Gun Review: Colt Python Combat Elite Revolver

Colt Python Combat Elite (image courtesy JWT for Shooting News Weekly.)
Colt Python Combat Elite (image courtesy JWT for Shooting News Weekly)

Placed without fanfare on Colt’s SHOT Show display wall, along with several other new models, was something different. Stainless, with a shortened two-finger grip and an unfluted cylinder, it stood out from the rest. For 2024, Colt has released a new Combat Elite, unlike any of the Combat Elite models they’ve released in the past; the Colt Python Combat Elite.

Image courtesy JWT for Shooting News Weekly

The “Combat Elite” moniker harkens back a couple decades to when Colt produced its 1911 Combat Elite .45ACP model, a few years after the Delta Elite in 10mm was released. The .45ACP Combat Elite 1911, with its two-tone finish and Novak sights, was then re-released the mid 2010s.

I daily carried and competed with a 2014-made Combat Elite for several years, putting over 50,000 logged rounds through the pistol. Those pistols had a well-deserved reputation for being great shooters, as well as carrying an 80’s custom 1911 look.

CZ re-re-released the Combat Elite just a few years ago, now in .45ACP and 9x19mm. Despite the intervening decade, the Combat Elites all shared a few things. A high build quality, a two-tone finish, distinctive grips, and “combat sights.” The new Colt Python shares all of these, save the two-tone finish. Instead, Colt has continued its high gloss stainless for the Python Combat Elite.

When CZ acquired Colt, I was concerned that the finish quality on the Pythons might take a back seat to production totals. After all, they had a heck of a backlog to work through. My worries were unfounded.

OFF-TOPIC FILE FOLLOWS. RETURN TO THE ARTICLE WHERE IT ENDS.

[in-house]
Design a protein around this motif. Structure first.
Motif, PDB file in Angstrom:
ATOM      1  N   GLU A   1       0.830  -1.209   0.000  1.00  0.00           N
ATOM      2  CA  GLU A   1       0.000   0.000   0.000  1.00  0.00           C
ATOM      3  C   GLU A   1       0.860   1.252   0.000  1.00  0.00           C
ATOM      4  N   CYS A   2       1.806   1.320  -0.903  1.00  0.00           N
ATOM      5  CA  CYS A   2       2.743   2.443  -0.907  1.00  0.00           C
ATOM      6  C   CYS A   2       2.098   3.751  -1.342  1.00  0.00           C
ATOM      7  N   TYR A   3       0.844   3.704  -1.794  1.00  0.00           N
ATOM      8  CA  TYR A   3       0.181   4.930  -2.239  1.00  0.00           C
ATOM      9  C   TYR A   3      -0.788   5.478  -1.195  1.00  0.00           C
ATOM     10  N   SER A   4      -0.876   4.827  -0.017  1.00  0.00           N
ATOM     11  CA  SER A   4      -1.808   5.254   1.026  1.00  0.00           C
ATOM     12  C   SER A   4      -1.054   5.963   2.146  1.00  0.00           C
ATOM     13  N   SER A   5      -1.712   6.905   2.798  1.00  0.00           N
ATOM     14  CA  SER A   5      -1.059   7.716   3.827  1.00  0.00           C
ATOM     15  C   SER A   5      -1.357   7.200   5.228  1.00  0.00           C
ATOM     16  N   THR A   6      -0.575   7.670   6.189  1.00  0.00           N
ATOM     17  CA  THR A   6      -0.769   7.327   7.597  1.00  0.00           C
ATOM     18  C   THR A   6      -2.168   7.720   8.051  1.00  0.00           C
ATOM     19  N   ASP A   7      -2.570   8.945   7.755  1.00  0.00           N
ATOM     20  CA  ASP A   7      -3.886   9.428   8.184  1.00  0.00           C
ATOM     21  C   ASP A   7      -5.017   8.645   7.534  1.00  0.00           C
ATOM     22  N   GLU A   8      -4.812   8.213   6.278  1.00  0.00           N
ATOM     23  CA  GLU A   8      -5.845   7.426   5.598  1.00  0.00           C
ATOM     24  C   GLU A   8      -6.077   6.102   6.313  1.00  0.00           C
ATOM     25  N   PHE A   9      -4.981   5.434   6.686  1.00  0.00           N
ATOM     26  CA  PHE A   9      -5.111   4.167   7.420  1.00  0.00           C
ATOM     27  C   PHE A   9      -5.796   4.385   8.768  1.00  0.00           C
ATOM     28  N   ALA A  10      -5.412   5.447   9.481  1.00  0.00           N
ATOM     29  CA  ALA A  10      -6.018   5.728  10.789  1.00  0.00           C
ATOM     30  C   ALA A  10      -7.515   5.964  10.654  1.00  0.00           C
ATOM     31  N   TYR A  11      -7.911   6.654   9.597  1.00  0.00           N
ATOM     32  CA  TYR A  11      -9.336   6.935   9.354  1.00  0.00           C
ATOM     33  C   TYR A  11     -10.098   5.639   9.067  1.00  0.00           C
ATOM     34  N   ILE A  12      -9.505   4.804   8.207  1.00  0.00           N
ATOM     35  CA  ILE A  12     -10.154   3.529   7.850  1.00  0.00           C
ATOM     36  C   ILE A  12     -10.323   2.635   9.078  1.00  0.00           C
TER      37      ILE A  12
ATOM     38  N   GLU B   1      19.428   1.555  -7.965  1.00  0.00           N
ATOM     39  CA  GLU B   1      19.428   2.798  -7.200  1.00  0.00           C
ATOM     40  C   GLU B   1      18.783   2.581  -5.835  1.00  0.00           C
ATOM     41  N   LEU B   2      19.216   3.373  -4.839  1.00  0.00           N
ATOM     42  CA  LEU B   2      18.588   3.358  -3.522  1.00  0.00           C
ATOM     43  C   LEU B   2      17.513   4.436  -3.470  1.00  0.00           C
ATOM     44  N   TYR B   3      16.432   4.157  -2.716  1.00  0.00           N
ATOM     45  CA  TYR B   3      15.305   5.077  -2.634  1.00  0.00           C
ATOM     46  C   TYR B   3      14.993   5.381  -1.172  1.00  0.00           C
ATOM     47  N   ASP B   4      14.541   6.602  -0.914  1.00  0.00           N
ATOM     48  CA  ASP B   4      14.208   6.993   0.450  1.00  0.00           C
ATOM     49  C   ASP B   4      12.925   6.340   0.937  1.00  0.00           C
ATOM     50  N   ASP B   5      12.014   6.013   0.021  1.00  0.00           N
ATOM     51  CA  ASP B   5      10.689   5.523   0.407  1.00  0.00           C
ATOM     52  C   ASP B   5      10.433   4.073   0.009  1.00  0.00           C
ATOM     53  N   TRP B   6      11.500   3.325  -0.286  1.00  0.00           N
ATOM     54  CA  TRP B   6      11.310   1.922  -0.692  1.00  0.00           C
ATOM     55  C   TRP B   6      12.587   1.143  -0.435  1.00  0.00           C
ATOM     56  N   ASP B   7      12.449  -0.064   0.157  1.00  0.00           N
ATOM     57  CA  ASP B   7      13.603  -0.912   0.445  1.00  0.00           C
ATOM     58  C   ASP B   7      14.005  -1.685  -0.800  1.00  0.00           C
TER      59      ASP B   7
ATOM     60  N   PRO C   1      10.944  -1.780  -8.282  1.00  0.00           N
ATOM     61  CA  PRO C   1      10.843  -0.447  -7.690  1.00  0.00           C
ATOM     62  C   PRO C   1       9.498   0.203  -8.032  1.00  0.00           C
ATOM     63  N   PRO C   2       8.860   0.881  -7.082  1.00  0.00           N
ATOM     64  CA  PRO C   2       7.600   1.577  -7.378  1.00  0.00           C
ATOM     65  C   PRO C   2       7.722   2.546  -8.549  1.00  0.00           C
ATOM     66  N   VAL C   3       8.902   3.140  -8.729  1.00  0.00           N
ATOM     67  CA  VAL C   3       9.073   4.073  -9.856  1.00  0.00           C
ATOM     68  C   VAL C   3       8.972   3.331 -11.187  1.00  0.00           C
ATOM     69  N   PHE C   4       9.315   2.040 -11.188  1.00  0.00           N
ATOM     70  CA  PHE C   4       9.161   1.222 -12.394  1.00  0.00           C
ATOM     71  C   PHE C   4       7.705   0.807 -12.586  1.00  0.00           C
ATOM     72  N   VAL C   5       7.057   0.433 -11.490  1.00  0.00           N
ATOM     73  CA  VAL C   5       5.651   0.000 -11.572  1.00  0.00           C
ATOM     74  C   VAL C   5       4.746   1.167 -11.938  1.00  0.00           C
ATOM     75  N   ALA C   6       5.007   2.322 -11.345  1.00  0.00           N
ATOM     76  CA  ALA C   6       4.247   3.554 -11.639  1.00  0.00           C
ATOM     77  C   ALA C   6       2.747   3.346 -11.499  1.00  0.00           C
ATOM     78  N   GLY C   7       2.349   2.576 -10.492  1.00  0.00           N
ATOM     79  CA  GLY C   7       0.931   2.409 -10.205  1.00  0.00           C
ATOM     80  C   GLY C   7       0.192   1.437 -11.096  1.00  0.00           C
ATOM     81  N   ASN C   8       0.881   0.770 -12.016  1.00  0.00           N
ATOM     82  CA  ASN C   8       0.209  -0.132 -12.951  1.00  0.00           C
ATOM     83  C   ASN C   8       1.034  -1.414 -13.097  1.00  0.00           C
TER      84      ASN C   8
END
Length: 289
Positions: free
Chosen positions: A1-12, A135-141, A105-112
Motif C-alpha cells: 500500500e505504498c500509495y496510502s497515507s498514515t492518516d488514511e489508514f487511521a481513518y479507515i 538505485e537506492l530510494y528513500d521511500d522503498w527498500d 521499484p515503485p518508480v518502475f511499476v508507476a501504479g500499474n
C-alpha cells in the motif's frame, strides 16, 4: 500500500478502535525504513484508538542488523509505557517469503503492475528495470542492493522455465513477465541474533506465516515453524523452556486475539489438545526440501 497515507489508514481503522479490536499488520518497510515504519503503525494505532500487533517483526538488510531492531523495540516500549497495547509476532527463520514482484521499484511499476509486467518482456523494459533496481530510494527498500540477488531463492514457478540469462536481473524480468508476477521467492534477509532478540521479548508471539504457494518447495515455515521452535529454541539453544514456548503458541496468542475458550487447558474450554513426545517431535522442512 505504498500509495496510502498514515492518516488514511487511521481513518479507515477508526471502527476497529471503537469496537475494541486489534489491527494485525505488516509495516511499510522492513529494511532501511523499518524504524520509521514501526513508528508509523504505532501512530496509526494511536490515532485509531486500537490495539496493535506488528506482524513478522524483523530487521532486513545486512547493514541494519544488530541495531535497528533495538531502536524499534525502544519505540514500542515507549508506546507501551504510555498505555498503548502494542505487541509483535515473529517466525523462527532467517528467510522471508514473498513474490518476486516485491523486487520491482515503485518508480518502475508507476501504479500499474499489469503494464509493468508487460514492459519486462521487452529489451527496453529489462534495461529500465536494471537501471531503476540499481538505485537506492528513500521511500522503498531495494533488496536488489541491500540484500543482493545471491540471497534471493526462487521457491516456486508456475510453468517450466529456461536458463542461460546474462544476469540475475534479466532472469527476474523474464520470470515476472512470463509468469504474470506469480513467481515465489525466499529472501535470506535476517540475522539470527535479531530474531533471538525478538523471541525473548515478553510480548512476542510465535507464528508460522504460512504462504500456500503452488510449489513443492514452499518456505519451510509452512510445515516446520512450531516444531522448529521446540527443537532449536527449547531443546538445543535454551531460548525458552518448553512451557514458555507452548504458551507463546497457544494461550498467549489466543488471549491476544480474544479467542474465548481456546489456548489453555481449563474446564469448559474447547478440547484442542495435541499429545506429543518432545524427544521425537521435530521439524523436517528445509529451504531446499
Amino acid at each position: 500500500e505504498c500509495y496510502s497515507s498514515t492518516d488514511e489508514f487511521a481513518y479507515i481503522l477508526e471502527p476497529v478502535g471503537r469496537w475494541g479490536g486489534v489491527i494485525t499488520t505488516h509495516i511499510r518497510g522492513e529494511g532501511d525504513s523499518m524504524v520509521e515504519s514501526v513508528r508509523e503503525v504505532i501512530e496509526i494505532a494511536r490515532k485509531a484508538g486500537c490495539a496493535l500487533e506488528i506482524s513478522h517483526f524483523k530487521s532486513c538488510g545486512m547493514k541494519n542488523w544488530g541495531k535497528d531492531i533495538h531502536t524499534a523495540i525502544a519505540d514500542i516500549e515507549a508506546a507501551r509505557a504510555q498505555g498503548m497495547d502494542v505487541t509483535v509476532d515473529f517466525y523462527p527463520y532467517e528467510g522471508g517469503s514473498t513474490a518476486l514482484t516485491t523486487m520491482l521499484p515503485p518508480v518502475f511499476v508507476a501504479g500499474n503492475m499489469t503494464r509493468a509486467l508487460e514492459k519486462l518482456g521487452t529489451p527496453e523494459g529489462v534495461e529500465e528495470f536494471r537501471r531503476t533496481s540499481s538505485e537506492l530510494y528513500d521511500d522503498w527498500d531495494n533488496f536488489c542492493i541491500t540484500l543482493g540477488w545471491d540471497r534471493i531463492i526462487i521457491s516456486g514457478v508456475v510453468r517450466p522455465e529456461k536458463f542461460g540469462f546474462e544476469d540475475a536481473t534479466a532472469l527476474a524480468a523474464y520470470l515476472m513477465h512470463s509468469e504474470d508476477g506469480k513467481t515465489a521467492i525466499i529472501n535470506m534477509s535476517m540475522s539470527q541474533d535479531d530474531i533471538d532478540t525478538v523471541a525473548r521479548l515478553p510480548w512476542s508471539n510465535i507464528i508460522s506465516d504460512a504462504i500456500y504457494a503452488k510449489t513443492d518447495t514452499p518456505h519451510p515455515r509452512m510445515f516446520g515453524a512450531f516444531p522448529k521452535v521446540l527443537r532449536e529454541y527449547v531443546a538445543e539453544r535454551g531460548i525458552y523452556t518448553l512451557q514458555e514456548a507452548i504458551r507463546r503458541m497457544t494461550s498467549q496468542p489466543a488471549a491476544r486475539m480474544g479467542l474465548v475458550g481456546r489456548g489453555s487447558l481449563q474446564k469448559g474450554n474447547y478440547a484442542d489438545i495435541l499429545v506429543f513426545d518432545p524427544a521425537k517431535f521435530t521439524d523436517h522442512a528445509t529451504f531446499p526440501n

Again — still — none of the big gun companies do a factory stainless finish like Colt. The first generation of stainless Pythons had two finish options, the more common brushed stainless released in 1983 and Colt’s “Ultimate Stainless,” a mirror polish, released the following year.

Image courtesy JWT for Shooting News Weekly

The new Pythons have a finish much closer to that Ultimate Stainless of the originals. I’m not sure the “combat”-focused Combat Elite really needs such a high polish, but man it’s gorgeous. It absolutely gleams, so much so that it was difficult to take photos without my image showing in the metal, and nobody wants to see that.

Image courtesy JWT for Shooting News Weekly

The 3-inch barrel length is the third offered by Colt on this generation of Pythons and released last year. For the original models, the 3-inch would have been among the rarest, if not the rarest offering. A 2.5-inch barrel was much more common and now offered in the new models.

The 3-inch barrel on the Python Combat Elite is no different than the one offered last year, with its single cosmetic “vent” on the rib and full underlug, giving the front end of the revolver a bulldog look.

Image courtesy JWT for Shooting News Weekly

What’s different on the Python Combat Elite compared to last year’s 3-inch Python is its font sight. Instead of an interchangeable ramp target style front sight, the Python Combat Elite sports a bright tritium tube, encircled in white. For its intended purpose, it’s ideal.

Image courtesy JWT for Shooting News Weekly